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Could Sonoma County really be the 10th worst place for job growth in the entire United States?

Worse than Flint, Mich., which has been devastated by auto industry cuts? Worse than Sacramento, where budget cuts have wiped out thousands of government jobs? Worse than even Stockton, which is on the verge of bankruptcy?

Yes, yes and yes, according to a new study.

The study, published this week by Los Angeles economist Joel Kotkin, identified the best places for job growth in the United States by examining trends since 2000 in 398 communities across the country. Sonoma County came in 389th on the list, down from 357th on last year's roster.

"You have 20,000 fewer jobs than you had in 2000," said Kotkin, a Chapman University professor who collaborated on the report for NewGeography.com, a website that focuses on urban economic issues.

And Sonoma County hasn't seen any job growth since the lowest point of the recession in 2009, he said.

"You did even worse than Fresno and Stockton," Kotkin said.

The report is alarming but not surprising, said Robert Eyler, who heads the Center for Regional Economic Analysis at Sonoma State University.

"It's a wake-up call," he said. "Other communities have rebounded faster than we have."

The report examined non-farm jobs data from the Bureau of Labor Statistics for 398 U.S. metropolitan areas between 2000 and last January.

Job growth in Sonoma County trailed other mid-sized California communities including Bakersfield, Fresno and Stockton. Ironically, those areas have much higher unemployment, ranging from 15.9 to 17.4 percent in March.

Sonoma County's jobless rate in March was 9.5 percent.

The Central Valley communities were hit harder by the recession, but they're seeing job growth in energy, agriculture, manufacturing and even construction, Kotkin said.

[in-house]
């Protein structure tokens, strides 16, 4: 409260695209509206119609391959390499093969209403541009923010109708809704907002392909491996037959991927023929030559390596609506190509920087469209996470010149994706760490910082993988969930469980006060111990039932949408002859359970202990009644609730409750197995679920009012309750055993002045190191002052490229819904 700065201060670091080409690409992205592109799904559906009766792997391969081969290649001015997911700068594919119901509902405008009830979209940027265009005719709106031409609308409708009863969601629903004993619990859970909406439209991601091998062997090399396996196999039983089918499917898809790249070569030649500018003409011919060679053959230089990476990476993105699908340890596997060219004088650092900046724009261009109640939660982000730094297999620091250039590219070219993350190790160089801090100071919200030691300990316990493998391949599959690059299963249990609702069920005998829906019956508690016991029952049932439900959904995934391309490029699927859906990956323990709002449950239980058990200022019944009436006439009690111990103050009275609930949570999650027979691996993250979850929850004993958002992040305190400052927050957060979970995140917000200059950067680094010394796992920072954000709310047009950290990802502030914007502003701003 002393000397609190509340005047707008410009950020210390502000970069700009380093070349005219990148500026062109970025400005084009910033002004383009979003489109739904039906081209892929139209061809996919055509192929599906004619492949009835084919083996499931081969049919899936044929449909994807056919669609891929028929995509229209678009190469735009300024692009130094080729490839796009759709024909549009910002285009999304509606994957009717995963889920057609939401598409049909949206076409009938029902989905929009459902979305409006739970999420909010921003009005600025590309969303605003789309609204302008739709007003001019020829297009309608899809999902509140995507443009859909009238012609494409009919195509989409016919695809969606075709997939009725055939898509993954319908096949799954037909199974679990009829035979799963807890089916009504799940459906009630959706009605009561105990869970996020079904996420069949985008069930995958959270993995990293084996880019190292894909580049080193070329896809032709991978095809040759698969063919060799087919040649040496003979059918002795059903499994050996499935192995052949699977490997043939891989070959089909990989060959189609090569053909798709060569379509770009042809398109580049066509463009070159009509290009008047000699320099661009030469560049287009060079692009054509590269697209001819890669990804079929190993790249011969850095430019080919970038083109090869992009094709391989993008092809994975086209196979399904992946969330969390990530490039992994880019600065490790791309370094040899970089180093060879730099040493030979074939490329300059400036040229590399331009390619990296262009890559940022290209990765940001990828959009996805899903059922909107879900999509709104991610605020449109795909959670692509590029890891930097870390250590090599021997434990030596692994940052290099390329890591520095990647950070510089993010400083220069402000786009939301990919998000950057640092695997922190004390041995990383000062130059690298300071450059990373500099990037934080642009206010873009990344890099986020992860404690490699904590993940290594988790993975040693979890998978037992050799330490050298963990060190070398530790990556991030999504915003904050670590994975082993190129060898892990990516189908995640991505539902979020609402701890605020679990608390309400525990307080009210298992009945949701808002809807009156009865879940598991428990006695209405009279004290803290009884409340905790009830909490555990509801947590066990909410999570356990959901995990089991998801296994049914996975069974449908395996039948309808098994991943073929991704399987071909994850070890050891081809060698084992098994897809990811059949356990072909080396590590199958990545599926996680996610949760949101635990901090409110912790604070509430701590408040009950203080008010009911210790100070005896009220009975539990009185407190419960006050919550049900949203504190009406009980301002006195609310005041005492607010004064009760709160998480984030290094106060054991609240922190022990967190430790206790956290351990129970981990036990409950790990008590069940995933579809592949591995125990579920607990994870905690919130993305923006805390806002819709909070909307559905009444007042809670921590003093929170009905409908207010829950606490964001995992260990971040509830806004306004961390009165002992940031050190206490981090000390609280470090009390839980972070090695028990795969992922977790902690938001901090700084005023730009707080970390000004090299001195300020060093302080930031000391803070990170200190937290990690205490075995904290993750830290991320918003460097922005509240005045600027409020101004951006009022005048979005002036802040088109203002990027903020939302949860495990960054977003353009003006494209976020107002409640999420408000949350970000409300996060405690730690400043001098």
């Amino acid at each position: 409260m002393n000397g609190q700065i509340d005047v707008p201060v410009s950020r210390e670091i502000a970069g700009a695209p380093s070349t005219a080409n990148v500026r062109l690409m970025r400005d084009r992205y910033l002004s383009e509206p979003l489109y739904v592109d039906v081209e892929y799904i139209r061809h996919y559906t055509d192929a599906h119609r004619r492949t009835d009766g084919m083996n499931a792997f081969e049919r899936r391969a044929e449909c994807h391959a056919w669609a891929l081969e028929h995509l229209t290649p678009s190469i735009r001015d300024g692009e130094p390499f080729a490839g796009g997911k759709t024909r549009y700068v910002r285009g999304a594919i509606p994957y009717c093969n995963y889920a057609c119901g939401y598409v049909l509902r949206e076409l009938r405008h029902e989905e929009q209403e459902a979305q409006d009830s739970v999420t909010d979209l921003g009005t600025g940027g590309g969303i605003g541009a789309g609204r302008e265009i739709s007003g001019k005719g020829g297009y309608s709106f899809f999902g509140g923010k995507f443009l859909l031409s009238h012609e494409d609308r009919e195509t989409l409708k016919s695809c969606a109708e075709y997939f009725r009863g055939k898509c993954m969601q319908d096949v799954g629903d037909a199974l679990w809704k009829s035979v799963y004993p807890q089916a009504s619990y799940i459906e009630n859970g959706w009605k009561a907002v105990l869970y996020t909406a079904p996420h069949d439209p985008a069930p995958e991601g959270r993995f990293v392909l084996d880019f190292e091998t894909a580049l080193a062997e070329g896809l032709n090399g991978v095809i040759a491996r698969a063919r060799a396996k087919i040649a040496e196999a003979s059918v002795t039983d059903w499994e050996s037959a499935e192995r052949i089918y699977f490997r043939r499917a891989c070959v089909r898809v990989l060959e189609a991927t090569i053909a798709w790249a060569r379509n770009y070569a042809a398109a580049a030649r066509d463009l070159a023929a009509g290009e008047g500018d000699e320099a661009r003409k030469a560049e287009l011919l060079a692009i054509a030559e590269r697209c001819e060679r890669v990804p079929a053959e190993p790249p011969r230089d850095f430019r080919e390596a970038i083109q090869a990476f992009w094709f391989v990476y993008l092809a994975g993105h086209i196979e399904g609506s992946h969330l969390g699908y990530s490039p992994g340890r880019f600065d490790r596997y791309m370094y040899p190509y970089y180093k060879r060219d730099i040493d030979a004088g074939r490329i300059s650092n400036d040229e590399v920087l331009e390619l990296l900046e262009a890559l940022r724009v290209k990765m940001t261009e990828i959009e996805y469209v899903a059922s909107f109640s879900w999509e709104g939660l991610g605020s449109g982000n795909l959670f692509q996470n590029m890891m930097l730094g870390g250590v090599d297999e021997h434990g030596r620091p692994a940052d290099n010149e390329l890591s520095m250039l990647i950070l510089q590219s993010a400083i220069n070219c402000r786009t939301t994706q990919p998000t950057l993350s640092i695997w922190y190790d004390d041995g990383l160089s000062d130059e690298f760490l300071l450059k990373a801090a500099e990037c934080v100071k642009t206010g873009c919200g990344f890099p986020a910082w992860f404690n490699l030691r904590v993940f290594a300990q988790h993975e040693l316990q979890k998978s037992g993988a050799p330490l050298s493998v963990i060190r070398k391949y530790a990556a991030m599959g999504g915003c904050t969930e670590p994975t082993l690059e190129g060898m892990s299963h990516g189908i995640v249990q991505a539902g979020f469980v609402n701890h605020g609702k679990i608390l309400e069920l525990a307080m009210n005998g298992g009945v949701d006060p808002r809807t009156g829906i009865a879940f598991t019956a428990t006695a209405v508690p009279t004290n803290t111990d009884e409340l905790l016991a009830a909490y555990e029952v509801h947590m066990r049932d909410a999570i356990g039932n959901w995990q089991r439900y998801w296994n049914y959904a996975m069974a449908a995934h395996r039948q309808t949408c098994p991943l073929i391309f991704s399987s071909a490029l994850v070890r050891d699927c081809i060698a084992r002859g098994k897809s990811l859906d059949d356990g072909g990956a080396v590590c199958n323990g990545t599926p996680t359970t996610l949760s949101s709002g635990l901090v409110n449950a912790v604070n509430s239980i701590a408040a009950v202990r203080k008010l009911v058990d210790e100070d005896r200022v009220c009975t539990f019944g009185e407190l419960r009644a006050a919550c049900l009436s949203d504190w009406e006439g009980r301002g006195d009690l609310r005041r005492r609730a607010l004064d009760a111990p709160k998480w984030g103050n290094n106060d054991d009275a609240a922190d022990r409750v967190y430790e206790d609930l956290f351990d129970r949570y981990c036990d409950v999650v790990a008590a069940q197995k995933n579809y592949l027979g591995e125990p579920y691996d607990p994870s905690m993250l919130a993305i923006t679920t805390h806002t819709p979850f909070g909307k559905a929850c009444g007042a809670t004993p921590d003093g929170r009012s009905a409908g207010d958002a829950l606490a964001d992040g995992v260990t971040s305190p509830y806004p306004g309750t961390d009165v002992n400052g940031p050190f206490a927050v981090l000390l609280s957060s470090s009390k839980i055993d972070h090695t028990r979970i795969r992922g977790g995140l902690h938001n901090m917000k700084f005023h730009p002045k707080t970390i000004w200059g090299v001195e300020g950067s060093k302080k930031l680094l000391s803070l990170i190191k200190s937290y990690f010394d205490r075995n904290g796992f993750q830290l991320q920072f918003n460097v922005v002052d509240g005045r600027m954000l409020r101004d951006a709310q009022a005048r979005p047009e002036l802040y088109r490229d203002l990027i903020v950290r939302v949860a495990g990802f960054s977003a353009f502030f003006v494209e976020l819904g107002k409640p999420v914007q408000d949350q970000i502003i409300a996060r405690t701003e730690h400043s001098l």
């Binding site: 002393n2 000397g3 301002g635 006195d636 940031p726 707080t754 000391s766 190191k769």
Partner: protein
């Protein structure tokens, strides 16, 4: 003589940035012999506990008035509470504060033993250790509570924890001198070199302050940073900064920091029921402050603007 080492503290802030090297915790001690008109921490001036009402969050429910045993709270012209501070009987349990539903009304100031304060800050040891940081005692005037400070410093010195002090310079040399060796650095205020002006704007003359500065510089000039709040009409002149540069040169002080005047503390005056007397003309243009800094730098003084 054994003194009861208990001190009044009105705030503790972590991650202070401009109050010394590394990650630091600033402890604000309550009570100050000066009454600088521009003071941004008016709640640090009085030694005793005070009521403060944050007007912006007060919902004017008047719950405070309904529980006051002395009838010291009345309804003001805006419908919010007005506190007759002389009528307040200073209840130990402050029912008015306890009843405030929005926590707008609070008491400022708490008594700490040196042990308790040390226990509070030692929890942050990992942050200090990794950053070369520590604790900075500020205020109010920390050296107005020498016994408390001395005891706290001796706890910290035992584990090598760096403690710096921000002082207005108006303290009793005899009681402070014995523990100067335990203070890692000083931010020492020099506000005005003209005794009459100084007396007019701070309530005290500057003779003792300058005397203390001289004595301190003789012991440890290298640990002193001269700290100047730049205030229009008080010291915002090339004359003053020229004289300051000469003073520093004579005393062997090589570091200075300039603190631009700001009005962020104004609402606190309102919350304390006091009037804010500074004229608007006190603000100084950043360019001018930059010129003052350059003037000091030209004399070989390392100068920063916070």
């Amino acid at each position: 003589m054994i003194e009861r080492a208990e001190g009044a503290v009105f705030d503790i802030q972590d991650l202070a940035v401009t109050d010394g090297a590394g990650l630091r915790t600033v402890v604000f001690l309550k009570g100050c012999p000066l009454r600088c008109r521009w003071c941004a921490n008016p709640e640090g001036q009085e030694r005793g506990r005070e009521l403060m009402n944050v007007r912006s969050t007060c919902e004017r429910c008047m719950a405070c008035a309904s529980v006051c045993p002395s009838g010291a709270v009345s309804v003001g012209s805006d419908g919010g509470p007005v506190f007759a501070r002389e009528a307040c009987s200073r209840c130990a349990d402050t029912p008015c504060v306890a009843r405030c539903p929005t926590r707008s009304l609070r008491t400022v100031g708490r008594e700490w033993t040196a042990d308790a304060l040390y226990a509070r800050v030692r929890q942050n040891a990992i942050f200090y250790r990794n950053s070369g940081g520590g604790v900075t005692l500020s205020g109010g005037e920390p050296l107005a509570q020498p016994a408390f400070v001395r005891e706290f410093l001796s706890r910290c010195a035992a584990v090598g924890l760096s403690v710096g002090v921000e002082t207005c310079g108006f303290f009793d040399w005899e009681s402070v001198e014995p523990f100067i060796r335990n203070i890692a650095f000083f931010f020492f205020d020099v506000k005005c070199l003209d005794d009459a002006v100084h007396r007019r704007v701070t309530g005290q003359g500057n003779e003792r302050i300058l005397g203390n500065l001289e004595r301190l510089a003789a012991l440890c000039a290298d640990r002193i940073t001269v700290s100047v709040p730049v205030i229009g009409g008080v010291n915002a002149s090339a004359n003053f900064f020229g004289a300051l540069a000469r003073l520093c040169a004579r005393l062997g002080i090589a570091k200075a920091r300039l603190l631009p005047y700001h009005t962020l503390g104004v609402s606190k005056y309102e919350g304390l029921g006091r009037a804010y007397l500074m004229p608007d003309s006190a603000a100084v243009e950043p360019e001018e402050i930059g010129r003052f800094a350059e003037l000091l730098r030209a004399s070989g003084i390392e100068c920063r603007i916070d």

In contrast, Sonoma County has lost 43 percent of jobs in construction, 24 percent in finance, 20 percent in information and 10 percent in manufacturing over the past five years, he said.

"You lost jobs in most categories," Kotkin said.

California lags most other states in job creation, with only Silicon Valley, San Francisco and parts of Los Angeles showing much growth, he said.

California's regulatory environment and anti-growth sentiment are hampering its recovery, Kotkin said.

"You can't have growth if you don't want it," he said.

Construction was a major driver of Sonoma County job growth before the recession, Eyler said.

"Those jobs have not come back," he said.

The county's financial sector was hurt by last year's closure of the State Farm regional operations center in Rohnert Park, said Ben Stone, director of Sonoma County's Economic Development Board. The insurance company, which employed 450 people in Rohnert Park, shifted most of those jobs to Bakersfield in a company consolidation.

Kotkin's job growth study doesn't give a complete view of the local economy, Stone said.

"It paints a challenging picture, but it doesn't tell the whole story," he said.

Sonoma County still has the state's ninth-lowest unemployment rate, he said.

The study doesn't count the self-employed, who represent a significant number of jobs in Sonoma County, Eyler said.

Still, it shows the need for local economic development programs, he said.

"We need to look at what we're going to do here to bring job growth," Eyler said.

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